What format will the sessions take?

The program will strive to ensure that sessions are interactive and participatory. A lecture format will be used sparingly.


Application & Selection Process

How do I apply?

You can download the application here [PDF]. 

All submissions should be sent to

When applying, the header should read – LASTNAME, FIRSTNAME, EJI Application

When is the deadline?

The deadline is March 31, 2017, by 11:59 PM EST.

How will I be notified?

You will receive a confirmation email once your application has been received.

Admission decisions will be made at the end of April.

What are the eligibility criteria for applicants?

The selection committee seeks to admit reporters who are relatively new to the energy beat. Priority will be given to reporters who have 5 years or less of direct reporting experience covering energy and the environment, although anyone with 10 years or less of direct reporting experience is eligible to apply. The Initiative has identified print reporters (defined in the broader sense to include major and local newspapers, wire services, trade outlets, and internet/new media outlets) as the primary candidate pool.

Are freelance journalists eligible to apply?

Yes. Freelance journalists must still submit a completed application with all the required documents and meet all eligibility criteria. In terms of a letter of recommendation, freelance journalists can fulfill this requirement via two options:

1. A letter from an editor with a news outlet that has published your work and can confirm your engagement in energy

2. A letter from a professor attesting to the same thing

I’m currently in school. Can I still apply?

No, this program is specifically designed for currently working journalists.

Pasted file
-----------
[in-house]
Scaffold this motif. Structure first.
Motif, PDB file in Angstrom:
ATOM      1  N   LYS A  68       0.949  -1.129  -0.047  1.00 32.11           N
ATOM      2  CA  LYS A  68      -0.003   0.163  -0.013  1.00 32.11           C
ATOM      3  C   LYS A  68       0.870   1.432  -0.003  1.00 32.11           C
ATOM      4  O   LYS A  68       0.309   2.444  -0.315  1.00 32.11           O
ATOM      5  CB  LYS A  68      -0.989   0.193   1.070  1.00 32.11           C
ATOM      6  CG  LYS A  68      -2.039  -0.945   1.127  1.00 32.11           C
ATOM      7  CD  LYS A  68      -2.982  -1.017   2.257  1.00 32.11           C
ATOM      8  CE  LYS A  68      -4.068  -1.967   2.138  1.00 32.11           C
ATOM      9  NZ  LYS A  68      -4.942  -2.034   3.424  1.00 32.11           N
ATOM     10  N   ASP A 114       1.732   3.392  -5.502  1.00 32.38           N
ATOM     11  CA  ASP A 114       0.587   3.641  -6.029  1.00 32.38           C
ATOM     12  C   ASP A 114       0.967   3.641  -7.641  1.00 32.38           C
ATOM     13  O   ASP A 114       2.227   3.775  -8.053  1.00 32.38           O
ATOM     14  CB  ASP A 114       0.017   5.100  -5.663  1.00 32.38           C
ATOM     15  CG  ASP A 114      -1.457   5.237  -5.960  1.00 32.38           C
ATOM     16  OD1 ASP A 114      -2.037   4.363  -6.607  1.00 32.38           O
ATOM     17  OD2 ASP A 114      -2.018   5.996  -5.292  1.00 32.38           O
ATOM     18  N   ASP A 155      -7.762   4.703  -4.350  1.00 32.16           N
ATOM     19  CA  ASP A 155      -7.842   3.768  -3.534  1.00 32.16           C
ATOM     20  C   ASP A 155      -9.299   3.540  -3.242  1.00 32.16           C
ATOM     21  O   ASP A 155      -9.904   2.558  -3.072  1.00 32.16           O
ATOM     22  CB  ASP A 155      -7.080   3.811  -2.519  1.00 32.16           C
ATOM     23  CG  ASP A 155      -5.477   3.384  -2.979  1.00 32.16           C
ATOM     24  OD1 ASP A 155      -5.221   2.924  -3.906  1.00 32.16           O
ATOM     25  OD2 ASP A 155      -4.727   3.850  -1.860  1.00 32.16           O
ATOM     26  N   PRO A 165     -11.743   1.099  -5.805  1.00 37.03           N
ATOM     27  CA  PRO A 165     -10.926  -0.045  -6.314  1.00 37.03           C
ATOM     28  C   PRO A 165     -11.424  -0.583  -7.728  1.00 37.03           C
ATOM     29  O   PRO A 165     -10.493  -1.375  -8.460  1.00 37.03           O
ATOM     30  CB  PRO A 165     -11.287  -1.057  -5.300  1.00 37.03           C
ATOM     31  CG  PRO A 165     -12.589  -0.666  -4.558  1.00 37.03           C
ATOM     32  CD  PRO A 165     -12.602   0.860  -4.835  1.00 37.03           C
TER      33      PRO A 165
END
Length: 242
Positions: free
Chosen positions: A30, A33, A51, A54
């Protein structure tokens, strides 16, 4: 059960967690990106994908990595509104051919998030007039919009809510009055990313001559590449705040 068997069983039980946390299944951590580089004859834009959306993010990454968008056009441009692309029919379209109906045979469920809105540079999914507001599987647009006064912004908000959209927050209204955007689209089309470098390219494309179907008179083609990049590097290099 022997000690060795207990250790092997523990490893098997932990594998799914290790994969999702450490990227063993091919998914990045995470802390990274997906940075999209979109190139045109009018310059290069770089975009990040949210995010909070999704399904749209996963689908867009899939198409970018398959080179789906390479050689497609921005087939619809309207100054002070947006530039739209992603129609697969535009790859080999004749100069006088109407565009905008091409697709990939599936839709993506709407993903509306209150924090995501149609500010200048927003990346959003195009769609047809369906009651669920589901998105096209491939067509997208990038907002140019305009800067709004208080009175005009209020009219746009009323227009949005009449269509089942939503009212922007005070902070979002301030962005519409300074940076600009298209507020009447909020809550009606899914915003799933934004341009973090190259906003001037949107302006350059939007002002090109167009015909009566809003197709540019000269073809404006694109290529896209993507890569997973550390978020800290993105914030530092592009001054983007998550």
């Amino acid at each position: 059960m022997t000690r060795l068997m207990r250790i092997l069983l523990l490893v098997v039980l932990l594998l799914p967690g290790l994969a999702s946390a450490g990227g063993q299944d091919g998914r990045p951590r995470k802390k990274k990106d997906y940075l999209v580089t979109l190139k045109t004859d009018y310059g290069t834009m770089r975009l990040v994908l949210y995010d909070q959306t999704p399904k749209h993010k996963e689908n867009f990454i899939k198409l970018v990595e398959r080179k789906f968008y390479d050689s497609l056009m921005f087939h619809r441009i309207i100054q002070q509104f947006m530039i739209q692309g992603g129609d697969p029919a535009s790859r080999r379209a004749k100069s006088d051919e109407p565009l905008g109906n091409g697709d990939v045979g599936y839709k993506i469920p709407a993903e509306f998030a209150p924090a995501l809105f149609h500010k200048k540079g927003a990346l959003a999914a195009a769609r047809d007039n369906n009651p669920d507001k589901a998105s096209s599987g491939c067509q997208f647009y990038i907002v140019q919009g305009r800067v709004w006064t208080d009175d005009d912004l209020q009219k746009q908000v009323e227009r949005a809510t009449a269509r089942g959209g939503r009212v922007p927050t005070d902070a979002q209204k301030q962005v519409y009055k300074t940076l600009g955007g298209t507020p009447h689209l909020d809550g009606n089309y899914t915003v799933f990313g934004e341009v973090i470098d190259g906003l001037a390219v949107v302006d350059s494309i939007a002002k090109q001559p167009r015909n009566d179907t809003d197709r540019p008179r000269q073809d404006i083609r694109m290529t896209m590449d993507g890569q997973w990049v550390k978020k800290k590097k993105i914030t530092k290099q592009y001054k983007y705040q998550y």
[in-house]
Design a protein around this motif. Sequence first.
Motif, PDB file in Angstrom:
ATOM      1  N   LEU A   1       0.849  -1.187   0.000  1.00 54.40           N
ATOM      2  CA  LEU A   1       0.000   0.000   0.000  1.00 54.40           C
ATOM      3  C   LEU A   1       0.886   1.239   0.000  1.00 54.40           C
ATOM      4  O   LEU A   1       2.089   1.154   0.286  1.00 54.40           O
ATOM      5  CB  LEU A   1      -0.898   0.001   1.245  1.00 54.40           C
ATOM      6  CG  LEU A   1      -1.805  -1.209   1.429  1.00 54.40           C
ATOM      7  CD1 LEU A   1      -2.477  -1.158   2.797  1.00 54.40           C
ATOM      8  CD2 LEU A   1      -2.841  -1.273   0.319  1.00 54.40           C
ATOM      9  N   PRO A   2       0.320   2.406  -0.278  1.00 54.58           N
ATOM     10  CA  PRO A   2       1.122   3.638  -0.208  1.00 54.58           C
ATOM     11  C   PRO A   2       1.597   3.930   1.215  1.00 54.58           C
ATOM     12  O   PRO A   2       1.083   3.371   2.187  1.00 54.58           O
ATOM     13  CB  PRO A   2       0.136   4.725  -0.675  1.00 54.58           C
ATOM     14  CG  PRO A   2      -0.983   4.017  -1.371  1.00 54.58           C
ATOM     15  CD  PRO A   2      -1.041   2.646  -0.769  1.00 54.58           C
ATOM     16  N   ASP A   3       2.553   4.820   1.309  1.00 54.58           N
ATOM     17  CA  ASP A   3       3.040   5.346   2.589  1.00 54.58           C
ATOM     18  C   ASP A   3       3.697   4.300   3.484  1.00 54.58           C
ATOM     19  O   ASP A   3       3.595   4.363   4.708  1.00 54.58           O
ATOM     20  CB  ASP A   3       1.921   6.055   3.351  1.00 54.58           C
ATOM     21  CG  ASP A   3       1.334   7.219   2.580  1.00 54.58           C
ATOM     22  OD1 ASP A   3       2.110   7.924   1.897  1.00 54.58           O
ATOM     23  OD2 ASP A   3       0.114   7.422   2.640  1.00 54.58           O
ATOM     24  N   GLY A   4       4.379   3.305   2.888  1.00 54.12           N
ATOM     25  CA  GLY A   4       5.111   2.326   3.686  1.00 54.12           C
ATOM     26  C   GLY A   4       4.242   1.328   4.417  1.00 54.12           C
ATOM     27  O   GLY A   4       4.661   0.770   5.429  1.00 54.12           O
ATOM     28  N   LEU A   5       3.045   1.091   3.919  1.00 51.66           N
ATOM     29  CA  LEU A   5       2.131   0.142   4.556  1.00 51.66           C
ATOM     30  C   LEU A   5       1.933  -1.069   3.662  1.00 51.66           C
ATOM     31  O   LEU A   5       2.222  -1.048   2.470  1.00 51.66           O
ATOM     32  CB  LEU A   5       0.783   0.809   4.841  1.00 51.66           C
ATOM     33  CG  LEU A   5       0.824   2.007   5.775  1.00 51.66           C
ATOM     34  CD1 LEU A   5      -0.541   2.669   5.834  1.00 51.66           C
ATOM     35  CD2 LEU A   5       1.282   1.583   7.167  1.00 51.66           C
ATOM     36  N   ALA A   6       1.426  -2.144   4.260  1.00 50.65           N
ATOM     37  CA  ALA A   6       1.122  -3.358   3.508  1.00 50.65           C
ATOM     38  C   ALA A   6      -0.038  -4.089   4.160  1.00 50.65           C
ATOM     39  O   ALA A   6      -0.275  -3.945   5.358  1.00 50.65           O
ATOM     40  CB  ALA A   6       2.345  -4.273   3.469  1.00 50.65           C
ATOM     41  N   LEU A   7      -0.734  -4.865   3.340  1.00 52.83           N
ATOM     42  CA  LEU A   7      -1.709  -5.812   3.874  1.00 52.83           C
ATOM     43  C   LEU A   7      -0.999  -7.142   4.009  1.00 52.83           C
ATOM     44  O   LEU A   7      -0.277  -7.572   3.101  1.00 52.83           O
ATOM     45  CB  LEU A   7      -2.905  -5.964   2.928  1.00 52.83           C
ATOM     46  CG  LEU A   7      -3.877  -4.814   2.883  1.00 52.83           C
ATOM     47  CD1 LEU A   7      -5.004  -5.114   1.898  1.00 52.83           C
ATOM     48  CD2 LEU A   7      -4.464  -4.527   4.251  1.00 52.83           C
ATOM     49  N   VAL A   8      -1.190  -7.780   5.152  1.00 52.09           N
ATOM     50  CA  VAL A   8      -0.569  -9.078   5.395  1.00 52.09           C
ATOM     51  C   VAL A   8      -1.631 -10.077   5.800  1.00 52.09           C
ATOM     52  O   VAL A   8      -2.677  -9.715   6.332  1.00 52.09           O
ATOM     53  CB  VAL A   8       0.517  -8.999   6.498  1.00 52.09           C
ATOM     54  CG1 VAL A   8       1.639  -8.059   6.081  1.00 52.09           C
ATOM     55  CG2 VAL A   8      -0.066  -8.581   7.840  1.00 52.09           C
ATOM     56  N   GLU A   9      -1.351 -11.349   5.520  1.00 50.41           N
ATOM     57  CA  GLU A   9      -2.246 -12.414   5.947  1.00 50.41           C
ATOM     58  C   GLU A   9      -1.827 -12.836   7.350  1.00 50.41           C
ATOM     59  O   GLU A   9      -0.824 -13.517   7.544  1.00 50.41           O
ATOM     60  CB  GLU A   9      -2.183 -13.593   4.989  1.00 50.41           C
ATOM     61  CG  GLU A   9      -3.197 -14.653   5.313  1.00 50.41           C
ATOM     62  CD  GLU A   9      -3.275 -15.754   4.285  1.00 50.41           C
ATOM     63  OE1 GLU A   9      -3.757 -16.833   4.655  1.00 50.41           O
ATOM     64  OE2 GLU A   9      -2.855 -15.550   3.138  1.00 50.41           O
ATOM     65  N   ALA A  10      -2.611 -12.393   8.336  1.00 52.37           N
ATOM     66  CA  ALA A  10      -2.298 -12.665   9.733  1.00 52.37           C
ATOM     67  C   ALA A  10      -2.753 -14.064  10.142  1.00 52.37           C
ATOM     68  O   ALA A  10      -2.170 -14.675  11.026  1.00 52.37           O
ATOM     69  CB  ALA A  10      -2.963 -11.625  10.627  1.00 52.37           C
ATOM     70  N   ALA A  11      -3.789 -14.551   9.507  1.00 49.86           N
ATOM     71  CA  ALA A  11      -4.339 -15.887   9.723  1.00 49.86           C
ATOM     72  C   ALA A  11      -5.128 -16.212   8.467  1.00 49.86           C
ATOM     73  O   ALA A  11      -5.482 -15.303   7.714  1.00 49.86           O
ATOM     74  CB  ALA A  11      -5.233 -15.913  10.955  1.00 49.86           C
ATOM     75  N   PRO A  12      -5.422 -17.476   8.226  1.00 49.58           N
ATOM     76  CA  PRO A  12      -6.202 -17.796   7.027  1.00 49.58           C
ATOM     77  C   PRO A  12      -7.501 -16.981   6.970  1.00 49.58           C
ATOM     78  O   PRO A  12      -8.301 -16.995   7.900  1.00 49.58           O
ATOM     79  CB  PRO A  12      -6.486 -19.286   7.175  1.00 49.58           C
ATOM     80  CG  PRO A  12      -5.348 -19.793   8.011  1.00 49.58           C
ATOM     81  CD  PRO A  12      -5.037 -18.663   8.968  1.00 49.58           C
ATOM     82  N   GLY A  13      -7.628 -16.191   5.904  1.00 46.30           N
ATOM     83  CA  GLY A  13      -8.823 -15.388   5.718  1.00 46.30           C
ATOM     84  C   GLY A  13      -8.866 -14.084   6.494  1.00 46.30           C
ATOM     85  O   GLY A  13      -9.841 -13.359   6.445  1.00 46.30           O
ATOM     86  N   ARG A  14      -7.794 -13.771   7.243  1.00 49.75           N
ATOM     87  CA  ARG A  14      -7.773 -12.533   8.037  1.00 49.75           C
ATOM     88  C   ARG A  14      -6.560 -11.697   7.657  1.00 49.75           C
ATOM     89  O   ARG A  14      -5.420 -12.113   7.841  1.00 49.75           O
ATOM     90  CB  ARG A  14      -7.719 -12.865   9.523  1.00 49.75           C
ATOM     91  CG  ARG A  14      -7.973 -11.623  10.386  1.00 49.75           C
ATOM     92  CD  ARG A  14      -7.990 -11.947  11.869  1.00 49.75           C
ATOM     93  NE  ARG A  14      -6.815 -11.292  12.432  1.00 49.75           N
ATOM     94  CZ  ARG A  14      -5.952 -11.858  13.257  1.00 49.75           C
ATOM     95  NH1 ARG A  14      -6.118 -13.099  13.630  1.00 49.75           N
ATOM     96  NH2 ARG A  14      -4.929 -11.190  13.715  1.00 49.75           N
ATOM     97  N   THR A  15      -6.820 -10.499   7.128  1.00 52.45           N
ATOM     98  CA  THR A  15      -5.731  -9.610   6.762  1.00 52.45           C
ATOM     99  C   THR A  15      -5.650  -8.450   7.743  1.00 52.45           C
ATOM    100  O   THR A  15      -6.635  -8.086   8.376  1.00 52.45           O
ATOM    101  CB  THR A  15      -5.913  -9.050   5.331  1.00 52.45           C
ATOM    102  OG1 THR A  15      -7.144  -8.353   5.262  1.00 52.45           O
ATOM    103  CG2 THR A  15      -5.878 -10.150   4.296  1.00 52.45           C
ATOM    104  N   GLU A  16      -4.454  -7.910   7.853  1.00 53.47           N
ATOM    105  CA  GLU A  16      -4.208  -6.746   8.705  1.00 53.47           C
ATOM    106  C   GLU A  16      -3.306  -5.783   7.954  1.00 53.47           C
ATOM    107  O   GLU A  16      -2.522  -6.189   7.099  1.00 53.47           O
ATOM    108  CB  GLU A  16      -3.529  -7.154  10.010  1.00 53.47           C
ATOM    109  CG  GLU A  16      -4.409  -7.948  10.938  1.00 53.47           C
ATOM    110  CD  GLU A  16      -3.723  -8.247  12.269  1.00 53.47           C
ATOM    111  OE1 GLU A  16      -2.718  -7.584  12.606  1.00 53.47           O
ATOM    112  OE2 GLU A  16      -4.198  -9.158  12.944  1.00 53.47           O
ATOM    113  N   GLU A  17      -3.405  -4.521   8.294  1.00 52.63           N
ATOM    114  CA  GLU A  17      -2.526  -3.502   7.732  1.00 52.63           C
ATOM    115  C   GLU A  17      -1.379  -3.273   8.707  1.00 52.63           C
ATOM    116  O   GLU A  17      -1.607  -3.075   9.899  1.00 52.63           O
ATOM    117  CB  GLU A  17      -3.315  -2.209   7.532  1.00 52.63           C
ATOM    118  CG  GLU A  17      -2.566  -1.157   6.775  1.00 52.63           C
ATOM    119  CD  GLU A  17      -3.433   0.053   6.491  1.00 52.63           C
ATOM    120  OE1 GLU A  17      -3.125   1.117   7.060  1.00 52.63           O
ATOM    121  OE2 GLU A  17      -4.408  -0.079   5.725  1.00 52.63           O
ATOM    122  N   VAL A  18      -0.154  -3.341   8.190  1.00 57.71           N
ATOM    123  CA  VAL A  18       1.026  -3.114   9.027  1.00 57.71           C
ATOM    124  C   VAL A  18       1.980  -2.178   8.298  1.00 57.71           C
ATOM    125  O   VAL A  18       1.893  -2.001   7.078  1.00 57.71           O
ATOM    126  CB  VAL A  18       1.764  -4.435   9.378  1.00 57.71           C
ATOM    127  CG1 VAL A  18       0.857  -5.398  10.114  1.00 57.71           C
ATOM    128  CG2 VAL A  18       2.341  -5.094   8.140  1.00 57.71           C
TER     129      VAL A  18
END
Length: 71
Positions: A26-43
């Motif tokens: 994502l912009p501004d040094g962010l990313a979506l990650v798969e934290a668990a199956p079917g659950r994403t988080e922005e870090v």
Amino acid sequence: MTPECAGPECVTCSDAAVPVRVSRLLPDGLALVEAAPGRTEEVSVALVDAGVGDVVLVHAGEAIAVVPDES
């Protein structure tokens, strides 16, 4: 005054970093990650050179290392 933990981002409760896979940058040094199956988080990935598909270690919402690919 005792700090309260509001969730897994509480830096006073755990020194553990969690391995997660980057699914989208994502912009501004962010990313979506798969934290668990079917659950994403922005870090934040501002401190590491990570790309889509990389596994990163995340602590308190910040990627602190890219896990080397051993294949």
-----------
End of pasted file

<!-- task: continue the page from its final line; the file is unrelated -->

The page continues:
I live abroad. Can I apply?

Yes, but all visa arrangements and costs must be borne by you.

I’m a journalist who doesn’t cover energy or the environment. Can I apply?

If you are a journalist who does not currently cover energy or the environment but will begin to do so in your professional capacity in the near future, you are eligible to apply. You must, however, show that you will be covering energy and environmental topics prior to or upon completion of the program, attesting to this fact in the recommendation letter from your supervisor.  

What is the admissions process?

A Review Committee will look at the applications of all candidates and, from those who meet all the requirements, make its selections.

Is this a certificate or degree program from Columbia?

No, this is not a certificate or degree program.

Will I be considered a Columbia student?

No, you will not be considered a Columbia student.

Do I need letters of recommendation?

Yes. You must submit one letter of recommendation from your direct supervisor or manager.


What is Expected from Participants?

Participants in the program will be expected to complete an evaluation form examining the topics and sessions, which will be consulted in improving the program going forward. The participants will also be expected to produce a brief report six months after the Initiative that references 2-4 articles they wrote during the intervening period and describes how the program enhanced their coverage and changed their approach to the stories. The report should include as an appendix all the relevant energy stories the reporter has written.

In addition, the participant’s direct manager will be required to fill out a short, questionnaire at this same six-month period after the seminar to provide an independent assessment of the progress of the reporter, and whether the manager believes that the Initiative contributed to those gains. Managers will be made aware of this requirement when they sign off on the attendance of their reporters.



When is this taking place (Dates of program/timeline)?

It will be a three-day seminar from June 20-23, 2017.

Where will the program take place?

The program will take place on the Columbia University campus in New York City.

Can it be done remotely?

No, you must attend all sessions in person.

Will hotel accommodation and transportation costs be covered?

Yes, the program is able cover hotel room fees and transportation costs for participants up to a threshold level. Meals will be provided as part of the seminar.

How much will this cost me?

The program is intended to cover all costs directly related to participation.

How will I stay connected?

Participants will receive regular communication and materials from the Initiative in an on-going fashion

I want more information. Whom do I contact?

For more information, you can contact us at